In less than a month, I depart for an adventure of a lifetime! I am leaving the Academy for two months to work for the international conservation organization, Project Seahorse, to survey marine protected areas (MPAs) near the Philippine island of Bohol. The long-term monitoring of these areas is important for three main reasons:
- To inform fishing communities of the health of their reefs
- To mobilize communities to create and manage more MPA’s
- To provide data to assess the effectiveness of the establishment of these areas on the recovery of reefs.
Community efforts will include increasing awareness of the value of the marine diversity and educating the people about more sustainable practices for utilizing their marine resources.
My first two weeks will entail intensive SCUBA training, followed by six weeks of surveys. Our efforts will be centered on documenting the diversity of fishes, seahorses and benthic marine invertebrates, such as coral. Project Seahorse is a world leader for marine conservation and research on seahorses. Seahorses are currently under threat due to habitat loss and their unsustainable usage in Chinese medicine.
I had my first wild seahorse encounter on my last trip to the Philippines. It was a tiny pink pygmy seahorse. Upon first glance, I did not see it, since it looked exactly like the soft coral it was attached to! What a sight to behold!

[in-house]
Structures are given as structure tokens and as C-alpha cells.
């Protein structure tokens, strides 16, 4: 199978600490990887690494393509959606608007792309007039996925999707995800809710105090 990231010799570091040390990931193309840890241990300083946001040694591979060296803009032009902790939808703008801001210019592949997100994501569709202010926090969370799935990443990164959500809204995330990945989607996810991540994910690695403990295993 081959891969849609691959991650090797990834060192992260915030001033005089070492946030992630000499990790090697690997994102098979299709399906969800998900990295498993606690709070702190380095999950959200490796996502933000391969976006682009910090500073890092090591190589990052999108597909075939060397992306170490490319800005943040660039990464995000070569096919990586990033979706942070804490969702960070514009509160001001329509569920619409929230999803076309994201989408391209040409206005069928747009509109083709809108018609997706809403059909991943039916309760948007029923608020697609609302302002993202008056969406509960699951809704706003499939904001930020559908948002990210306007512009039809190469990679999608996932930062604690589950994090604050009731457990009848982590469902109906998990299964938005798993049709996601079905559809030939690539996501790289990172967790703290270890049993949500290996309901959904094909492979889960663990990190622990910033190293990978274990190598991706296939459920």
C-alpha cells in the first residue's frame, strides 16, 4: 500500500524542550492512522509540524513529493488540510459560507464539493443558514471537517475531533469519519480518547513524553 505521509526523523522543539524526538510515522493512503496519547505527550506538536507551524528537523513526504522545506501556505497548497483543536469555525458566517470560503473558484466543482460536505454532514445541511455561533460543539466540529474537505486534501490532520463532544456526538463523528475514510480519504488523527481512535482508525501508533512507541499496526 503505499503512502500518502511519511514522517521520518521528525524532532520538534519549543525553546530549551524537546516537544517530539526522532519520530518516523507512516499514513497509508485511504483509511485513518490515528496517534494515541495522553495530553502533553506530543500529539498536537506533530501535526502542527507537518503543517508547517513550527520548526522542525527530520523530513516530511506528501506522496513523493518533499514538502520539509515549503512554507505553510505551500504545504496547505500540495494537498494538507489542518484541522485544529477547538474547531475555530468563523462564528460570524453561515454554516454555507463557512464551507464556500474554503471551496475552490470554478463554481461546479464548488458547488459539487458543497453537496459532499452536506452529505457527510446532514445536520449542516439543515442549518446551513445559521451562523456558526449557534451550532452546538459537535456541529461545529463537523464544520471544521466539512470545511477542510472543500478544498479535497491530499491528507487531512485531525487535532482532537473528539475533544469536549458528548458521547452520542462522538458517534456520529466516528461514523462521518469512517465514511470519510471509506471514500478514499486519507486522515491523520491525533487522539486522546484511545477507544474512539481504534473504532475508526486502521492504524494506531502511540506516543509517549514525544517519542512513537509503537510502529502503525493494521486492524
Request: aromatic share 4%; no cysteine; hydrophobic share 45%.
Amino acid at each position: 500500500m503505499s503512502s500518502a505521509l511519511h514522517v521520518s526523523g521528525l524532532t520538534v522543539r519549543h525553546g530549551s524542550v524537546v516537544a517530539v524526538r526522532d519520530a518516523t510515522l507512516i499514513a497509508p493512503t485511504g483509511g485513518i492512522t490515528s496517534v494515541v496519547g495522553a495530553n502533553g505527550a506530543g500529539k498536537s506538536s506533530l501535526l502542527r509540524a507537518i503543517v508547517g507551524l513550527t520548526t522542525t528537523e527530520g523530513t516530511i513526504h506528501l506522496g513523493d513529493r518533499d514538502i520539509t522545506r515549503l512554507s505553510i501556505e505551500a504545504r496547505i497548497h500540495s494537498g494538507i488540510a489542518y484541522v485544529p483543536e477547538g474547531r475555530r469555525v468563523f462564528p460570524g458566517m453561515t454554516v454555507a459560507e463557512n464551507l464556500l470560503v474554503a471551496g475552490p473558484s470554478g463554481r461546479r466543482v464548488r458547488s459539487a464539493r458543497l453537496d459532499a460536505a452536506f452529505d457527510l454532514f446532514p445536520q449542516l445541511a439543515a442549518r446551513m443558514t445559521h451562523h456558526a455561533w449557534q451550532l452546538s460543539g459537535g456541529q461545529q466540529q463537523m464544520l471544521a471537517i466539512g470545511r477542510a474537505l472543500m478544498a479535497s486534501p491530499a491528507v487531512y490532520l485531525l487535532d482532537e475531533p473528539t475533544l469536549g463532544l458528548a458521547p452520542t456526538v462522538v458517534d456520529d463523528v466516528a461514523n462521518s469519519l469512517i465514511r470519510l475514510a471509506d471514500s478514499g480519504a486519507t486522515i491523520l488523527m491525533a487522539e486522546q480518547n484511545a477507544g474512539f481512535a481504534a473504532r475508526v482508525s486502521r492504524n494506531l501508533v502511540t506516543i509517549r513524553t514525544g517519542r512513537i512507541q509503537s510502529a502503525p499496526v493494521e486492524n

I have been attracted to the Philippines, since learning it was home to some of the most spectacular sea slugs. It is also the center of the center of marine diversity in the world. This fact has lead to my continued interest in the Philippines as the prime location to search for anti-cancer compounds within the array of marine slugs found here.
The cure for different types of cancer and other disease could be found in the organisms inhabiting the ocean. This is another reason why conserving our oceans is paramount! To learn more about this, see my prior post: http://www.calacademy.org/blogs/projectlab/?p=1351.
Preparation for my trip has been quite involved since I will be living in a remote village on Jandayan Island where there is no running water and limited electricity. I have roughed it before, but I am anticipating this to be much more rigorous. Despite this, experiencing and protecting the breathtaking beauty of the underwater environment is well worth it!
Graduate Assistant in Public Programs
Department of Invertebrate Zoology